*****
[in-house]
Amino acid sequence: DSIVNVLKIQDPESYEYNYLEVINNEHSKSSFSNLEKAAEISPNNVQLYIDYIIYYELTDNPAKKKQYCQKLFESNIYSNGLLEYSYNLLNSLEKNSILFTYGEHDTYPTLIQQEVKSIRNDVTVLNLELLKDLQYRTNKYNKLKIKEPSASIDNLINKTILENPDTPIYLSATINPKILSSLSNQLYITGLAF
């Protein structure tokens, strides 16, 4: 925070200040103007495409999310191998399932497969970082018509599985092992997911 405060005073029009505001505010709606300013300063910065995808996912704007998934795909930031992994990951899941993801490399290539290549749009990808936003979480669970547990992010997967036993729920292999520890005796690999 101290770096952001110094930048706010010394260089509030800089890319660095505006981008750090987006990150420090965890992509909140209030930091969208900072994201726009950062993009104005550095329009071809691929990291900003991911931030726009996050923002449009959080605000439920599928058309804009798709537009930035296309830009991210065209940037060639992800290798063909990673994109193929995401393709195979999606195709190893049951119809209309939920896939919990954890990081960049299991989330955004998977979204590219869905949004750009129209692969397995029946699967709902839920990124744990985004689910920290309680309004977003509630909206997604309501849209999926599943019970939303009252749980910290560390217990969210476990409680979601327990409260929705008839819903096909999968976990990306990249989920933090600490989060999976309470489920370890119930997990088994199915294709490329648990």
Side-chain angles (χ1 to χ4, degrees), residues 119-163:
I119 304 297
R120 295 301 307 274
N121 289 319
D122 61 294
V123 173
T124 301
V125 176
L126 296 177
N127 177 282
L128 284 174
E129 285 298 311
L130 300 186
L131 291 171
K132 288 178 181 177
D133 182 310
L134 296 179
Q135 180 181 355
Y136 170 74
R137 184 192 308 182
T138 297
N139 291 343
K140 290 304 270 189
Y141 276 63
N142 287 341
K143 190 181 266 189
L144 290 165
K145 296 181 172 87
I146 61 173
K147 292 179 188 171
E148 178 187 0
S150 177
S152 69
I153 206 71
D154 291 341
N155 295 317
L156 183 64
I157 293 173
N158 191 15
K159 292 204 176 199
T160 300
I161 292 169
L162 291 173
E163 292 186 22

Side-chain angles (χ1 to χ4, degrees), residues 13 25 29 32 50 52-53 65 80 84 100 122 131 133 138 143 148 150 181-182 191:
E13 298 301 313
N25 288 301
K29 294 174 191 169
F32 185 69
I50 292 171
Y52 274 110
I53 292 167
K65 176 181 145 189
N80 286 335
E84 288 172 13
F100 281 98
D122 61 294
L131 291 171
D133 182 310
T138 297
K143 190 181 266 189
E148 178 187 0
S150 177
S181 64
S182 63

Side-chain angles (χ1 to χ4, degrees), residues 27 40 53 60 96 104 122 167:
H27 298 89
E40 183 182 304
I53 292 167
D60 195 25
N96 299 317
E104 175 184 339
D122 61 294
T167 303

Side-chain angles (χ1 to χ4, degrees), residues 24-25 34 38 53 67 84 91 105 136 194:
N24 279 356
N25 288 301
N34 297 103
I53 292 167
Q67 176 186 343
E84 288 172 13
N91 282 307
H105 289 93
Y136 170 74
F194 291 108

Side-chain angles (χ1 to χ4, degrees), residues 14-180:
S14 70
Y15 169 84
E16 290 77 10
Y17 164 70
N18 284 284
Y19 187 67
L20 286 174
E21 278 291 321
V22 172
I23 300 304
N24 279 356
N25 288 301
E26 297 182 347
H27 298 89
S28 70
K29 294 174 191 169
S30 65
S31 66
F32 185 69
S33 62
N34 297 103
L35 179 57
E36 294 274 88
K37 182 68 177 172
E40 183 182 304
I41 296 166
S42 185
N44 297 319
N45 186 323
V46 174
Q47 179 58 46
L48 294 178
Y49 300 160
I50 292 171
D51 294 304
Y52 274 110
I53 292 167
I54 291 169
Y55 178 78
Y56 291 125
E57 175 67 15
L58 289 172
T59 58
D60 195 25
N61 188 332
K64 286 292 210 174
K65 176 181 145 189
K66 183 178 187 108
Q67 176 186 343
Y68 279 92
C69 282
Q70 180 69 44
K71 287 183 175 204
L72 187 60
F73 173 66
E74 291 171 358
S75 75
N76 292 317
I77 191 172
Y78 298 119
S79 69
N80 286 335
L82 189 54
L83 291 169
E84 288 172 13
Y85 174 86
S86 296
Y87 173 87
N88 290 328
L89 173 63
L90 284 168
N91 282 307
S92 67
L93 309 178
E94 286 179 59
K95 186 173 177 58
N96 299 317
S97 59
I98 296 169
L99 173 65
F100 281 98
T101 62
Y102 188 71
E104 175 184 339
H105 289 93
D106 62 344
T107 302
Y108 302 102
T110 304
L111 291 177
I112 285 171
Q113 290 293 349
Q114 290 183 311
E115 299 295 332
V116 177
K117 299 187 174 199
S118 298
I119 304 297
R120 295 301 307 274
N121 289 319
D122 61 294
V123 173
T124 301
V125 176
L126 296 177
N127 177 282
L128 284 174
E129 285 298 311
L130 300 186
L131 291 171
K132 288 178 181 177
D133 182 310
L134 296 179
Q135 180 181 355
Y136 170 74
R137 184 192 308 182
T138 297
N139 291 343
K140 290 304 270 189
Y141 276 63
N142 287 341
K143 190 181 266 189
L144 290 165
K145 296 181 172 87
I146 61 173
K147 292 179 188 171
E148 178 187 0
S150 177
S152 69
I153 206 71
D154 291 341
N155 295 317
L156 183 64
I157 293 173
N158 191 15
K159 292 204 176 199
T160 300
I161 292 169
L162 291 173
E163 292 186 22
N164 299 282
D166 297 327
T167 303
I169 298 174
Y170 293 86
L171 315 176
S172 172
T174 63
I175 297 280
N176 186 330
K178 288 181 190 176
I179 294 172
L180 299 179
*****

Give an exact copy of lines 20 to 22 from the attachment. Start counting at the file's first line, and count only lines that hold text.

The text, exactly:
L134 296 179
Q135 180 181 355
Y136 170 74